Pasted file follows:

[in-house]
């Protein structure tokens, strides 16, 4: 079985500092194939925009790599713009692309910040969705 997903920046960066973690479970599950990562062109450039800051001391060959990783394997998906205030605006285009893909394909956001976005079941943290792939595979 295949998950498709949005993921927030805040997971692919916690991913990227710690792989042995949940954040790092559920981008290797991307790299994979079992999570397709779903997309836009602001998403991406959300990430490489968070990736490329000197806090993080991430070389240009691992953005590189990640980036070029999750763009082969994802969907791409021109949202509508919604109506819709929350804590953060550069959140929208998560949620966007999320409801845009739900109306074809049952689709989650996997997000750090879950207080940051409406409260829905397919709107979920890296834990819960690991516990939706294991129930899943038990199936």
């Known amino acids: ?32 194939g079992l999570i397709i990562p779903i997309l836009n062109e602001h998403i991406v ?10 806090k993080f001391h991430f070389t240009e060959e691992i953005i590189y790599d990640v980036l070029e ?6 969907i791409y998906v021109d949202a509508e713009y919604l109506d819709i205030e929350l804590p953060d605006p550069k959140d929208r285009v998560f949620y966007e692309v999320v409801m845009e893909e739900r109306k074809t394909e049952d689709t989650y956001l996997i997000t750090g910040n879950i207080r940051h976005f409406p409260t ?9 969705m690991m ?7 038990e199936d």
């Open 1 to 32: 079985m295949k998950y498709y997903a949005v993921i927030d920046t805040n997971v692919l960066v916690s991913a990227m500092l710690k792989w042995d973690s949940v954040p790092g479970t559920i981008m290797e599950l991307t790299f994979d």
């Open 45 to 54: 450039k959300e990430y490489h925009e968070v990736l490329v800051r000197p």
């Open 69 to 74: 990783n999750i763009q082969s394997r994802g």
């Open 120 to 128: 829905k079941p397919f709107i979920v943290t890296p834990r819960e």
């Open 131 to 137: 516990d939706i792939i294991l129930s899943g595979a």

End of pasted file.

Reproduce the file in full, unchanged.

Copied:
[in-house]
């Protein structure tokens, strides 16, 4: 079985500092194939925009790599713009692309910040969705 997903920046960066973690479970599950990562062109450039800051001391060959990783394997998906205030605006285009893909394909956001976005079941943290792939595979 295949998950498709949005993921927030805040997971692919916690991913990227710690792989042995949940954040790092559920981008290797991307790299994979079992999570397709779903997309836009602001998403991406959300990430490489968070990736490329000197806090993080991430070389240009691992953005590189990640980036070029999750763009082969994802969907791409021109949202509508919604109506819709929350804590953060550069959140929208998560949620966007999320409801845009739900109306074809049952689709989650996997997000750090879950207080940051409406409260829905397919709107979920890296834990819960690991516990939706294991129930899943038990199936």
């Known amino acids: ?32 194939g079992l999570i397709i990562p779903i997309l836009n062109e602001h998403i991406v ?10 806090k993080f001391h991430f070389t240009e060959e691992i953005i590189y790599d990640v980036l070029e ?6 969907i791409y998906v021109d949202a509508e713009y919604l109506d819709i205030e929350l804590p953060d605006p550069k959140d929208r285009v998560f949620y966007e692309v999320v409801m845009e893909e739900r109306k074809t394909e049952d689709t989650y956001l996997i997000t750090g910040n879950i207080r940051h976005f409406p409260t ?9 969705m690991m ?7 038990e199936d």
């Open 1 to 32: 079985m295949k998950y498709y997903a949005v993921i927030d920046t805040n997971v692919l960066v916690s991913a990227m500092l710690k792989w042995d973690s949940v954040p790092g479970t559920i981008m290797e599950l991307t790299f994979d």
């Open 45 to 54: 450039k959300e990430y490489h925009e968070v990736l490329v800051r000197p």
């Open 69 to 74: 990783n999750i763009q082969s394997r994802g």
């Open 120 to 128: 829905k079941p397919f709107i979920v943290t890296p834990r819960e």
């Open 131 to 137: 516990d939706i792939i294991l129930s899943g595979a």